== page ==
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Department of Political and Social Sciences

SPS theses of the month: February

The Department of Political and Social Sciences is delighted to announce that during the month of February three PhD researchers successfully defended their dissertation.

26 February 2024 | Research


Congratulations to Diana Rafailova, Wolfgang Minatti, and Johanna Breuer from the EUI Department of Political and Social Sciences for receiving their doctorates in February 2024, after unanimous decisions from the jury.

Diana Rafailova defended her thesis entitled, The Effects of Political Regimes on School Quality and Learning Outcomes, on 2 February 2024. The dissertation asked whether students schooled in democracies have better learning outcomes, as one may expect, based on the literature showing that democracies invest more in expanding education and other public goods. The dissertation consisted of three studies, in which Rafailova concluded that the effects of democracy on learning outcomes are more contingent than what could straightforwardly be expected. Secondary school students in democracies do not on average perform better than students in autocracies, but the former learn better critical thinking skills. They also have better skills when reaching adulthood, suggesting that the difference in schooling quality between political regimes appears at the upper secondary and tertiary levels, rather than during earlier years of schooling. The committee praised the dissertation's systematic contributions to our understanding of how political regimes shape citizens' skills and provide investments in human capital.

Read Rafailova's thesis in Cadmus.

Wolfgang Minatti defended his thesis entitled, A Theory of Legitimation in Civil War. The Justification of Power and Governance in the Colombian Conflict, on 20 February 2024. The thesis jury, comprised of EUI Professors Jeffrey Checkel and Stephanie Hofmann, Kristin Bakke (University College London), and Michael Zuern (WZB Berlin Social Science Center), unanimously agreed that the thesis makes important contributions to the literatures on civil war (governance) and IR theory (legitimacy).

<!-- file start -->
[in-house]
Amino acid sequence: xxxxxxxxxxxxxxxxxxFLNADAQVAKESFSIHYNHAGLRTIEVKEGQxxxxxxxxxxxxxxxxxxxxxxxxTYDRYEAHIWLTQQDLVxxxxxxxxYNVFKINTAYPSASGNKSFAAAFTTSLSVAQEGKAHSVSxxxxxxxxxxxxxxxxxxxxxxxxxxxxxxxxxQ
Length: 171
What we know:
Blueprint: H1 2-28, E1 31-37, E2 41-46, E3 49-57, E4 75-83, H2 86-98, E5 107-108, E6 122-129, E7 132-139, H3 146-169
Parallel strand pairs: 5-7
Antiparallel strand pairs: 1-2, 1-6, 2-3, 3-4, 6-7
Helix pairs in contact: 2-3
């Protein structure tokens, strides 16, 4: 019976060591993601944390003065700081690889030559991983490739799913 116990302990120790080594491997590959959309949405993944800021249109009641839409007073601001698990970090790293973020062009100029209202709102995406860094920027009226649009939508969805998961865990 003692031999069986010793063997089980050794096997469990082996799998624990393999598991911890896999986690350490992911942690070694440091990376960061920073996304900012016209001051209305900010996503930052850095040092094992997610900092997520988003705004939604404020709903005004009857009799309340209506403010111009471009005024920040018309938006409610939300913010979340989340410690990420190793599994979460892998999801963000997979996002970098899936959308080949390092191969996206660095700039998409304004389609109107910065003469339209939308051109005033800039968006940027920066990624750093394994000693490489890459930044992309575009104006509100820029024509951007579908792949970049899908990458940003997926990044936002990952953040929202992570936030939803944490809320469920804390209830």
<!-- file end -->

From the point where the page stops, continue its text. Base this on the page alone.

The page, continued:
Read Minatti's thesis in Cadmus.

Johanna Breuer defended her thesis entitled, Constructing the European Union's Budget. Origins, Continuities, and Consequences, on 23 February 2024. The EU budget is the object of much criticism. Complaints about its alleged inefficiency, inflexibility, and wastefulness abound. A constant stream of reform proposals calls for fundamental change. But little ever happens. Why? Because, argues Johanna Breuer, the budget is locked-in to a logic of juste retour that makes it change-resistant and impervious to efficiency-enhancing reform. The thesis reconstructs in fascinating historical detail how this lock-in came about during the founding years of the Community. The committee, comprised of Miriam Hartlapp (FU Berlin), Lucia Quaglia (University of Bologna), Erik Jones (EUI, Robert Schuman Centre), and Philipp Genschel (EUI, Robert Schuman Centre), was full of praise of both the thesis and Johanna's performance during the defence.

Read Breuer's thesis in Cadmus.

Last update: 27 February 2024

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